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JP Morgan's market guru Marko Kolanovic sees stocks 'drifting' higher

Key Points
  • Despite some weaker economic data, the stock market should continue to "drift" higher, says top J.P. Morgan strategist Marko Kolanovic.
  • The firm has a 3,000 year-end price target on the S&P 500, which is almost 15 percent higher than Wednesday's close.
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Despite some weaker economic data, the stock market should continue to "drift" higher, top J.P. Morgan strategist Marko Kolanovic told CNBC on Wednesday.

The firm has a 3,000 year-end price target on the , which is almost 15 percent higher than Wednesday's close.

"You could have actually data that is maybe not stellar but stocks that are actually drifting higher on account of some re-levering and maybe some opportunistic buying," Kolanovic, the firm's global head of quantitative and derivatives strategy, said on "Fast Money. "

He also expects the U.S.-China trade war and government shutdown to be resolved in the first quarter and a Federal Reserve that won't raise rates this year. While earnings growth will slow, he still anticipates mid- to high-single digit growth this year.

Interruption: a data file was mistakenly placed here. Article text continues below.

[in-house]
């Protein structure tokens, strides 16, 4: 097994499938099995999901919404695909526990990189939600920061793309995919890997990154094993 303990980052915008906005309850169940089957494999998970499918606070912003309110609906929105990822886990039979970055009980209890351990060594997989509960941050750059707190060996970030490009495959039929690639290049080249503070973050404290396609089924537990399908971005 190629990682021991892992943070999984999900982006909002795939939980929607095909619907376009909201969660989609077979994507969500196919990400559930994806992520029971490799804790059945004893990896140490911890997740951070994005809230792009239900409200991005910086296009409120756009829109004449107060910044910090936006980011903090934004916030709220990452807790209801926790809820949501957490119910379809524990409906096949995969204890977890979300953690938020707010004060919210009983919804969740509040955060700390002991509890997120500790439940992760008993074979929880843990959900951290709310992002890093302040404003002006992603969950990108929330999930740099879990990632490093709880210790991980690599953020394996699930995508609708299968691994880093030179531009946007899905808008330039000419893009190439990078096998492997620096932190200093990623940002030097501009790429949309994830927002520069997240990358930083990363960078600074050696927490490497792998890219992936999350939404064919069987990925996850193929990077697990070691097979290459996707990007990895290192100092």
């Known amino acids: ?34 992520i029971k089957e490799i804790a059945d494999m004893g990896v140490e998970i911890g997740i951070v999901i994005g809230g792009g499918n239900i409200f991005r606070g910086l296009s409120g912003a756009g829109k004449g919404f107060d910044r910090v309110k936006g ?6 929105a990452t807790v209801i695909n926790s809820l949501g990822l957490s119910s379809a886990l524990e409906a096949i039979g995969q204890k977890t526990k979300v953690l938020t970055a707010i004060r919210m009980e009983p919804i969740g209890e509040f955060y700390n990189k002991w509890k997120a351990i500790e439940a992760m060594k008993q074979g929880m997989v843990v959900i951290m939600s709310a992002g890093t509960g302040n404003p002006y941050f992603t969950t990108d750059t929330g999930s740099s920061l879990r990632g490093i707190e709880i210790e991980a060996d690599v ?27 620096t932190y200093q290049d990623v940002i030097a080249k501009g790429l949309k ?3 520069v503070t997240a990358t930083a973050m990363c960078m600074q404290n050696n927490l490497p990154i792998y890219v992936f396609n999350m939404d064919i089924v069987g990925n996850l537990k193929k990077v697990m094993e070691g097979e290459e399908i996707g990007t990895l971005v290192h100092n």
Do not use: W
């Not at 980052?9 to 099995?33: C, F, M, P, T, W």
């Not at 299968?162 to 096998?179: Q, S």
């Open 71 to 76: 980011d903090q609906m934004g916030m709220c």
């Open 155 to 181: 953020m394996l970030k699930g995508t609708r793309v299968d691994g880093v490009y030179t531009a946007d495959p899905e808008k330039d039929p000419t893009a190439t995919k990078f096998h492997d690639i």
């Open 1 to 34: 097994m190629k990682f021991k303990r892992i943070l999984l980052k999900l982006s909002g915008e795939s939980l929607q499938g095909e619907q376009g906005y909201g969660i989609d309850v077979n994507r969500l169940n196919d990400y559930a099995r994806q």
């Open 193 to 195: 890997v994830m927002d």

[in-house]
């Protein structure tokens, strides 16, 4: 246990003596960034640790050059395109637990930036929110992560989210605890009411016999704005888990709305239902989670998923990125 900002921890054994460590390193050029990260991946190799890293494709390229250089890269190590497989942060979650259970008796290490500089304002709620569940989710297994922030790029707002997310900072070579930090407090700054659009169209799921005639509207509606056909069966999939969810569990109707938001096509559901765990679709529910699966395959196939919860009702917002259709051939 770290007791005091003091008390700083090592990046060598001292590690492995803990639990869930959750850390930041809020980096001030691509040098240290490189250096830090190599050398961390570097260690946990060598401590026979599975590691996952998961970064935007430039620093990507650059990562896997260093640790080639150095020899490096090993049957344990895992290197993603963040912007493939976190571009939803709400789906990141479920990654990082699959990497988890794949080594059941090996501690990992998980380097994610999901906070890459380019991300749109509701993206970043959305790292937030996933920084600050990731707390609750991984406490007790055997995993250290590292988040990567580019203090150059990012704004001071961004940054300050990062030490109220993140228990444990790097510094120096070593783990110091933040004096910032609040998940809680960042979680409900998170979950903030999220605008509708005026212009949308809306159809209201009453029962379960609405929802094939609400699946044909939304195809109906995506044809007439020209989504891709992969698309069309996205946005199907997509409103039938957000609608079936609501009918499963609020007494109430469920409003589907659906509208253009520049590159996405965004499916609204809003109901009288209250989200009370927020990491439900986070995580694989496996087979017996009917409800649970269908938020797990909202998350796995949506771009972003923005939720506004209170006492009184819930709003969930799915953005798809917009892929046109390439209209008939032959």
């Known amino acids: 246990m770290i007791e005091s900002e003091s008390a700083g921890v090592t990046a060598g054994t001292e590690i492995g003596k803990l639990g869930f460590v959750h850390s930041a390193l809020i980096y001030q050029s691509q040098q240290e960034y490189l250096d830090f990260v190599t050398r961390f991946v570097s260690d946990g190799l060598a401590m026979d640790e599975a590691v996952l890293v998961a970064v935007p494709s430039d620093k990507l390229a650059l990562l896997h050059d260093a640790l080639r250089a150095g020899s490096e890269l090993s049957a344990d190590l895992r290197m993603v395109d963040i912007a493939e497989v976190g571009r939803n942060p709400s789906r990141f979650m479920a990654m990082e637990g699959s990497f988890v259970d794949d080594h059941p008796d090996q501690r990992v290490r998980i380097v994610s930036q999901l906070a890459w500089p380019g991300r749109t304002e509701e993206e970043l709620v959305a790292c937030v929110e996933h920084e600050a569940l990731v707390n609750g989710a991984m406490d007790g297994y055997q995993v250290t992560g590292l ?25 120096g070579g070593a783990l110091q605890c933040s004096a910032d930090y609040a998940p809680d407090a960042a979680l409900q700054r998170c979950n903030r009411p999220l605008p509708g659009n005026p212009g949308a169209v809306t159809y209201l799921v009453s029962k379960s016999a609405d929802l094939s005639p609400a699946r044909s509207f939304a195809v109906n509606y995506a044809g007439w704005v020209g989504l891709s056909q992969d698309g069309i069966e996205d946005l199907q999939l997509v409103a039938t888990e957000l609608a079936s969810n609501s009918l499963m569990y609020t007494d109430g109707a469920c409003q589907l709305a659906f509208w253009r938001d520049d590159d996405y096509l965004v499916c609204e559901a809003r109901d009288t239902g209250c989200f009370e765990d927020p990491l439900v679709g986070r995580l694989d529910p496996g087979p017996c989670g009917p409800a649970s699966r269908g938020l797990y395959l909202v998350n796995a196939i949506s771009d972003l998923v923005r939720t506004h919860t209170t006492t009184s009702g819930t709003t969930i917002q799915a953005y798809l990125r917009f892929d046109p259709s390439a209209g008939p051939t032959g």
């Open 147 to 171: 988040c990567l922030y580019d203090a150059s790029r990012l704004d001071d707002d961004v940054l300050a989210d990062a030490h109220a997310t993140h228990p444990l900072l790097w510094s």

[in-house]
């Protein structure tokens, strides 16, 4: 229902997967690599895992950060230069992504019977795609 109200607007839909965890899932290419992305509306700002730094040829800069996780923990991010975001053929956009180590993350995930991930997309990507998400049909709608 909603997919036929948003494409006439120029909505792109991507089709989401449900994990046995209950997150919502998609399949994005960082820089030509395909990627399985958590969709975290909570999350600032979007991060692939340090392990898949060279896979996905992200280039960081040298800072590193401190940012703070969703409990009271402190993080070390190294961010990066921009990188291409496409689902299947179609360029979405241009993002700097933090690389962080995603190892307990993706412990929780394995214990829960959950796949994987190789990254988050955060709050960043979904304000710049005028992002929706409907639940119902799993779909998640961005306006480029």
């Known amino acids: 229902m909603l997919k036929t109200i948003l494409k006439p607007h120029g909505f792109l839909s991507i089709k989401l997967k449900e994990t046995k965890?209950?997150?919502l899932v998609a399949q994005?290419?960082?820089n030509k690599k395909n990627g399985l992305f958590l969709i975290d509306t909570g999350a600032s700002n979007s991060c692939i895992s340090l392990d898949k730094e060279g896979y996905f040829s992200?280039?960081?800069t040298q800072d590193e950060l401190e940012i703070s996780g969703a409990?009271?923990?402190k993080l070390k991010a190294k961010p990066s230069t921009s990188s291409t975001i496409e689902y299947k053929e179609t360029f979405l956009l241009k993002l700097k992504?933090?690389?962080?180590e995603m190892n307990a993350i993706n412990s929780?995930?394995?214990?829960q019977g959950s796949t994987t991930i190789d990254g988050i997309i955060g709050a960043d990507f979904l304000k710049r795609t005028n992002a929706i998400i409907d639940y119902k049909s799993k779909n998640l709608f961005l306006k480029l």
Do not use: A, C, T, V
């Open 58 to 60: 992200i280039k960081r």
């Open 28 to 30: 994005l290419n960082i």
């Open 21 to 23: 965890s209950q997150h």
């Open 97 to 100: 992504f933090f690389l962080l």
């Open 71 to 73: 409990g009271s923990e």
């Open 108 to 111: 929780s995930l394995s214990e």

However, Kolanovic expects to see more frequent bouts of volatility.

U.S. stocks have bounced back sharply this year after suffering massive losses near the end of 2018. The major indexes are up at least 3.16 percent year to date.

Kolanovic, whose calls have moved the stock market in the past, issued a mea culpa earlier this month, acknowledging that he was wrong when he told clients to expect a year-end rally. It turned out to be the worst December for U.S. stocks since the Great Depression. The major indexes all dropped at least 8.7 percent for the month.

December's "ugly price action" was due to retail mutual fund liquidation, Kolanovic said.

"Retail kind of pulled the plug in an environment where there was no liquidity," he noted.

While his outlook is for the upside this year, he acknowledged there is about a 25 percent chance that the market can go much lower.

"We are taking a bit of a leap of faith that the U.S. is not going to go into recession," he said. "We do have a slowdown, but we don't go from 3.5 [percent GPD growth] to negative. We slow somewhere in the low 2s, which can still actually grow you earnings. We are adding jobs."

— CNBC's Stephanie Landsman and Fred Imbert contributed to this report.

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